Following the termination of four Lion Hills Club employees in early March and conflicting information on why they were let go, Lowndes County trustees on the board of East Mississippi Community College sought answers.
But the attempts to discuss the firing with all board members were to no avail, said Joe Max Higgins, Golden Triangle LINK CEO and the latest appointee to the EMCC board.
Higgins told The Dispatch he made several unsuccessful attempts to discuss the matter in an executive session during the board’s April monthly meeting, which took place Monday night. The motion to enter a closed session, he said, fell short of votes.
“I’m very disturbed,” Higgins said. “I don’t know what’s going on and I was not allowed to know what’s going on.”
Higgins’ inquiries came after The Dispatch reported in March conflicting accounts over the firing of four Lion Hills Center employees, including the head chef, sous chef, event coordinator and assistant event coordinator. EMCC has owned the former Columbus Country Club since 2012.
EMCC officials said the four were let go as a cost-saving measure. Two of the four ex-employees, however, previously told The Dispatch they were fired for “misconduct” and without notice. A letter addressed to the ex-employees at the time, signed by EMCC President Scott Alsobrooks, cited “acts constituting malfeasance, inefficiency, insubordination and/or other misconduct or omission.”
“The letter contradicts with what I and the board were told,” Higgins said. “Both of those (accounts) can’t be true.”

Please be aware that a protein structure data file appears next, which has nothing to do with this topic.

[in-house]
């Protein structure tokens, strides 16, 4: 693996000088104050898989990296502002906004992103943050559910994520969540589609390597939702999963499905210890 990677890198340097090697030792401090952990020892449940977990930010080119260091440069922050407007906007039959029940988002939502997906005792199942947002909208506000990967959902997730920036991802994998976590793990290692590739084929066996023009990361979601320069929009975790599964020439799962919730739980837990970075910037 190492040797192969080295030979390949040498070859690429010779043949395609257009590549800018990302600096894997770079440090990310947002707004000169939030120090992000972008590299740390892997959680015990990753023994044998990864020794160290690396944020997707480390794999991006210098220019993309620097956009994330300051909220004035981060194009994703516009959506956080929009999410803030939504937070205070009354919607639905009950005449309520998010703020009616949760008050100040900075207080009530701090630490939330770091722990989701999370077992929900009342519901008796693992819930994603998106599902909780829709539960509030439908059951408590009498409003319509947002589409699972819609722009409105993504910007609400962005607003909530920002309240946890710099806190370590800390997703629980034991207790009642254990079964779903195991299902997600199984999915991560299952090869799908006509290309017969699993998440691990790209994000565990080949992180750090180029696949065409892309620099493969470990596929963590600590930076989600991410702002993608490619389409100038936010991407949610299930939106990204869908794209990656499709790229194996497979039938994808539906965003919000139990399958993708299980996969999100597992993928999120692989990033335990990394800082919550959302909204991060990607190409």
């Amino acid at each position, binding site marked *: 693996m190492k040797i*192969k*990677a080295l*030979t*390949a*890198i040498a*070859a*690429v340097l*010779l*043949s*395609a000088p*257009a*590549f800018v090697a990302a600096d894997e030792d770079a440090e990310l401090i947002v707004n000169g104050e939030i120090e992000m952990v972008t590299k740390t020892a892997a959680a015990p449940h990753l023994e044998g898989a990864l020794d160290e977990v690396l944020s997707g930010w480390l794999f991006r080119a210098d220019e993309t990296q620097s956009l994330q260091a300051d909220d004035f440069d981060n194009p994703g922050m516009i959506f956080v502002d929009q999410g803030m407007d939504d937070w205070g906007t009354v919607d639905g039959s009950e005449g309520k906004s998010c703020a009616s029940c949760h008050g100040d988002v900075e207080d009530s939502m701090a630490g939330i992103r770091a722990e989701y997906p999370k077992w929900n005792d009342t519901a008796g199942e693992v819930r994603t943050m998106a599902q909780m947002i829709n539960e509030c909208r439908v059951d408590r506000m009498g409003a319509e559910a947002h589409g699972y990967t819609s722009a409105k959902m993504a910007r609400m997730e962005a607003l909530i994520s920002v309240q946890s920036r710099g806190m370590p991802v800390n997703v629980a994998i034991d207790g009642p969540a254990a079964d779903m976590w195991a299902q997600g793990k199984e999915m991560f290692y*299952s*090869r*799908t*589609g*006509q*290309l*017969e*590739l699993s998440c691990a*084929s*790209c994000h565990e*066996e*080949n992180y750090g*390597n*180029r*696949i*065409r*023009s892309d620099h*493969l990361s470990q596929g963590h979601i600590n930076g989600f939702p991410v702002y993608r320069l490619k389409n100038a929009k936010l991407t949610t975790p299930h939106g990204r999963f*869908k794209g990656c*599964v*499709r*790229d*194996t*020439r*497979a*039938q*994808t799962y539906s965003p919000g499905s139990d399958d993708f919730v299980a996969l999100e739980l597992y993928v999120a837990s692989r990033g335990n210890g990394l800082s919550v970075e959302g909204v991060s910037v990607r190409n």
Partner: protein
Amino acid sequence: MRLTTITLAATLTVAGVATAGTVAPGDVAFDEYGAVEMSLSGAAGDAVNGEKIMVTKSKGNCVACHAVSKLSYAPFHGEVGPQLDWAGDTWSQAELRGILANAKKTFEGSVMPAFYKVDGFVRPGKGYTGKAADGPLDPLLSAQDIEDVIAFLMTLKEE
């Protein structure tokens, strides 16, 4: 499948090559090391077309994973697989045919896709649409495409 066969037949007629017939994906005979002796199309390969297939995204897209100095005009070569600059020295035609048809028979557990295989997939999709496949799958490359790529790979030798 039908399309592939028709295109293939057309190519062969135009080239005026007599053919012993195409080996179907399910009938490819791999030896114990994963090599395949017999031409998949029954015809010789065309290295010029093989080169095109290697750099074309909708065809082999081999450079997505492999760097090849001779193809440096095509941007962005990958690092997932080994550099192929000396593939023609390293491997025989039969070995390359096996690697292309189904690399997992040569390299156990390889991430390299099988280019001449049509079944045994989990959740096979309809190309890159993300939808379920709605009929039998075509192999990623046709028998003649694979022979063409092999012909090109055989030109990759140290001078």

One of the ex-employees, who spoke on the condition of their name not being published, told The Dispatch the four employees were told to collect their personal belongings immediately and were escorted out by security the day they were fired.
“We literally had no idea (why),” the former employee said Tuesday.
“People need to know that this is what they did to people,” she added. “One of these (ex-employees) is about to give birth, another one of the people has a family and a newly renovated house. It’s just ridiculous. They’ve been there for years.”
Higgins said in March he wanted to discuss the issue in April’s meeting, according to his emails to EMCC attorney Michelle Easterling and Alsobrooks. He sent them another email April 2 pushing for a board-wide discussion.
“This needs to be on the agenda,” he wrote.
“Agreed!!!!” echoed Greg Stewart, the other Lowndes County trustee on the board.
Easterling recommended a discussion with four or five EMCC board members and staff, but Higgins disagreed.
“These issues should be discussed by (the) entire board, not four or five folks. That’s what causes problems,” Higgins wrote back.
Declaring a closed session requires 60 percent of the board votes, according to board policies. The EMCC board is made up of 12 members. During the Monday meeting, Higgins and Stewart were the only two voting in favor.
Alsobrooks said he cannot discuss personnel matters and it was up to the board to decide whether to enter a closed session. But the board’s reluctance to do so, he said, may be because of the online nature of the meeting during the COVID-19 pandemic.
“They voted not to do it at this time. I think they probably will at some point,” he said. “We are having to do things over (the) telephone and Zoom … and a lot of people are not comfortable with that.”
Spencer Broocks, board member from Oktibbeha County, cited the same reason in an email to The Dispatch.
“Due to the meeting being livestreamed on YouTube and each board member being in places where confidentiality couldn’t be confirmed,” he said, “I did not feel comfortable going into an executive session without being at a meeting in person.”
Yue Stella Yu was previously a reporter for The Dispatch.